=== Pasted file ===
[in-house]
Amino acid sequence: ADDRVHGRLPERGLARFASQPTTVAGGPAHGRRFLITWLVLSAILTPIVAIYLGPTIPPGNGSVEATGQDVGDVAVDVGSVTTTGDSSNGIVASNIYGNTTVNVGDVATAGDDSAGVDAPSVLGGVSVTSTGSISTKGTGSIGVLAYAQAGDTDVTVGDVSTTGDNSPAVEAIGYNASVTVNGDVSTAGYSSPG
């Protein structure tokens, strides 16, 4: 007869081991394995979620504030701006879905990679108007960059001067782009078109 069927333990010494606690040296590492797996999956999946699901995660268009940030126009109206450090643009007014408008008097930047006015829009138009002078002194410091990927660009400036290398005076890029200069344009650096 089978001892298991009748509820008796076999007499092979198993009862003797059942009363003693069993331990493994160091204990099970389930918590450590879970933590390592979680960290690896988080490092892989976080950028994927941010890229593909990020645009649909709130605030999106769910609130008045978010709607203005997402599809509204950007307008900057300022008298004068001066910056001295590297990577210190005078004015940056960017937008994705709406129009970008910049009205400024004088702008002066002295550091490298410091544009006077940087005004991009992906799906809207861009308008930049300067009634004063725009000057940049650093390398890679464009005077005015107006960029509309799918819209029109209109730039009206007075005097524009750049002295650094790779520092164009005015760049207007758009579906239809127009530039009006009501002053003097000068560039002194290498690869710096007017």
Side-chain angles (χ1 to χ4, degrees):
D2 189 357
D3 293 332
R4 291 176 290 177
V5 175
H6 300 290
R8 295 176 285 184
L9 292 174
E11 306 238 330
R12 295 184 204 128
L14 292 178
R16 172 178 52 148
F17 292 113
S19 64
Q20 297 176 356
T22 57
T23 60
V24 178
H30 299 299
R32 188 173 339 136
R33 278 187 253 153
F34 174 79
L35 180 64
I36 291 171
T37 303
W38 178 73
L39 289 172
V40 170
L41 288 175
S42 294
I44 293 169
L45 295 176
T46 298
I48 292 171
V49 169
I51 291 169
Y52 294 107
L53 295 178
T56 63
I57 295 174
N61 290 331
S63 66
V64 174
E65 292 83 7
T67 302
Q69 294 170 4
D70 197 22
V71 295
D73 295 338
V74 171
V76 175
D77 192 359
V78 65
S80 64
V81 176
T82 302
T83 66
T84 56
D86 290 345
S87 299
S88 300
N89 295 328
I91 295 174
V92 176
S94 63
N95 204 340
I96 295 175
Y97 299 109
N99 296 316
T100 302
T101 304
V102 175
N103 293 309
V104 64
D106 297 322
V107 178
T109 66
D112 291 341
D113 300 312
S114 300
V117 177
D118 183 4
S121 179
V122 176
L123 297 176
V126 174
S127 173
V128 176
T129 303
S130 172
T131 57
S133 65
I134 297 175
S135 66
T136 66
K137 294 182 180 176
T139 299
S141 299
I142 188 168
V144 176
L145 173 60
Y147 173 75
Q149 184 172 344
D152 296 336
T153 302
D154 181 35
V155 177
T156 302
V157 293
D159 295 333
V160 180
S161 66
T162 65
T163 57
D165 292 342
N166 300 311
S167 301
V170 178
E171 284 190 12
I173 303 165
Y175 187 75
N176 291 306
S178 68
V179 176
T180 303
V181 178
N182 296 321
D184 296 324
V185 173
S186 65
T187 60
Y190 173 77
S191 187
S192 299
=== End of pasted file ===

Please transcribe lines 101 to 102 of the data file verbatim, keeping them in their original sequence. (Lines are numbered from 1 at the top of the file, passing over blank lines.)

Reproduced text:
S141 299
I142 188 168